Four points to know about the growing community solar market

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An installation professional builds a community solar array. Photo: Clean Energy Collective

Article by Tim Braun, director of public affairs, Clean Energy Collective

Though solar is becoming more mainstream than ever, there are still many who aren’t able to own their own solar array—mostly renters or those whose roofs don’t get enough sunlight or lack the structural integrity for solar. Yet, this potential market could be as much as seven times greater than that of those who can independently own rooftop systems. One solution with increasing momentum is community-shared solar. The driving principle behind community-shared solar, or “roofless solar,” as Clean Energy Collective calls it, is to make renewable energy affordable and available to all utility ratepayers regardless of customer type or property constraints. Following are four points contractors should understand when considering participation in community solar.

The community-shared solar market is exploding

In its most recent report, NREL reaffirmed the potential for community-shared solar to serve as the dominant solar energy model throughout the country. The number of shared solar programs has grown from two in 2010 to more than 70 today, spanning more than 20 states with dozens of cooperative, municipal and investor-owned utilities—a collective capacity exceeding 170 MW. According to GTM Research, 21 MW of U.S. community solar came online in 2014, and it is forecasting that number to be 115 MW in 2015 and 534 MW in 2020. By 2020 shared solar will account for up to 50% of the U.S. distributed PV market, representing $8.2 to $16.3 billion of cumulative investment.

Why is community solar growing?

The appeal of community solar—for both utilities and electricity ratepayers—is escalating, due to several factors. Unlike most independently owned models, community-shared solar’s foundation is a mutually beneficial relationship with utilities and multiple customers. Community solar solutions are generally delivered outside a net metering framework, avoiding much of the angst over that mechanism. Economies of scale allow community solar to be offered at lower costs than individual solar systems. Beyond the feel-good reward, community solar offers a real consumer benefit in the form of a good financial payback, accelerating deployment even in markets with relatively low power rates.

Challenges of developing a community solar program

Community solar’s customer interface seems simple, but developing a quality community-shared solar program is challenging, requiring various experts and assets to effectively navigate the myriad complexities, including:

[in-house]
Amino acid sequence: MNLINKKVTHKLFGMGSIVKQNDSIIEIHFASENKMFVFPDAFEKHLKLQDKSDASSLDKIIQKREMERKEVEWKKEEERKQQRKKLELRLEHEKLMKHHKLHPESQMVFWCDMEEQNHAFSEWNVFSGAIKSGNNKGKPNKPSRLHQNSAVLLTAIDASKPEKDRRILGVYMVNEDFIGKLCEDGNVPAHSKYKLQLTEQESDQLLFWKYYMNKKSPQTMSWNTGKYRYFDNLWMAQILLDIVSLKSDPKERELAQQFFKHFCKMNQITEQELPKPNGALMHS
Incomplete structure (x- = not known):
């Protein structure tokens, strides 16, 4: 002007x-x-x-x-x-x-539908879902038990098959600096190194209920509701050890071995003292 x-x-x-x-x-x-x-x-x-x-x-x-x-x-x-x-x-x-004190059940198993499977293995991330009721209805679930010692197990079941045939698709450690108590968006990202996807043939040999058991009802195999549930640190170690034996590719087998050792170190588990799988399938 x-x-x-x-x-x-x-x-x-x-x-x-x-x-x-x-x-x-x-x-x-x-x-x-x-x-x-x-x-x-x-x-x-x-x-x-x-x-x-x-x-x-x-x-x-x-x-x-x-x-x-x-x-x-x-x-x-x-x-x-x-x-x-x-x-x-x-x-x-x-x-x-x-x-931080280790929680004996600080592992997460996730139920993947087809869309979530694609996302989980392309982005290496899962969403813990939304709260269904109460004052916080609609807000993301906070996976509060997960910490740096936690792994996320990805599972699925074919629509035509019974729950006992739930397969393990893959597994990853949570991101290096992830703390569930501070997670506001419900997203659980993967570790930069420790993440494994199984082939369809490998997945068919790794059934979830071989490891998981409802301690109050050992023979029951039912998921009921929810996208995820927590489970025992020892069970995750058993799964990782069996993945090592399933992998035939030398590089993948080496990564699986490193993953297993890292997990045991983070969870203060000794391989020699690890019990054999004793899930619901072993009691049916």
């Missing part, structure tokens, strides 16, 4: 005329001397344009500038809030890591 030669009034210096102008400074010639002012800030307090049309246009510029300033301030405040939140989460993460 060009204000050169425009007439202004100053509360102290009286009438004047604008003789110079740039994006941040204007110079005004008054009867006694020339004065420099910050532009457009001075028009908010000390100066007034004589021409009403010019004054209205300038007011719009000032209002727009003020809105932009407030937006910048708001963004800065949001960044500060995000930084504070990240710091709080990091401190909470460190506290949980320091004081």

• Legal and tax structures
  • Site development
  • Equipment procurement and installation
  • On-bill crediting
  • Tax credits and incentives
  • Consumer protections
  • Marketing and sales
  • Customer management
  • Operations and maintenance

Successfully pulling these aspects together can be daunting with little room for short cuts. Yet these issues are surmountable, and experienced community solar solutions providers are available to do the heavy lifting.

Technology can help

Customer acquisition and retention is the cornerstone of a successful community solar project. Well defined and impactful messaging centered on the program’s value proposition is paramount for spurring awareness, interest and conversion. Not surprisingly, consumers respond more when presented with the savings potential from shared solar participation than the environmental benefit.

A good community solar solutions provider can help automate marketing with a specialized customer management system functioning as the “bridge” between the customer and the array. This helps shorten the sales cycle, increase customer engagement and satisfaction and lower administrative costs.

A good community solar solutions provider can also introduce you to sophisticated software tools available for utilities, solar developers and other enterprises to successfully deploy and manage community solar programs alone, or with a development partner. These platforms can help lower risk, lower costs and provide higher customer satisfaction. New software as a service (SaaS) programs, like the Community Solar Platform offered by Clean Energy Collective, deliver a comprehensive suite of market-tested tools and services that can manage the entire program, including facility management, customer engagement, on-bill crediting, system monitoring and O&M assurance. These services—used comprehensively or in parts—fill the gaps for developers, EPCs and installers that lack the necessary expertise and field experience, simplifying the process, smoothing implementation and allowing for on-time and on-budget market deployments.

There is increasing demand for all types of solar products and programs. Because the addressable market for community-shared solar is so much larger than that of independently-owned rooftop, the future for this model is quite bright.

 

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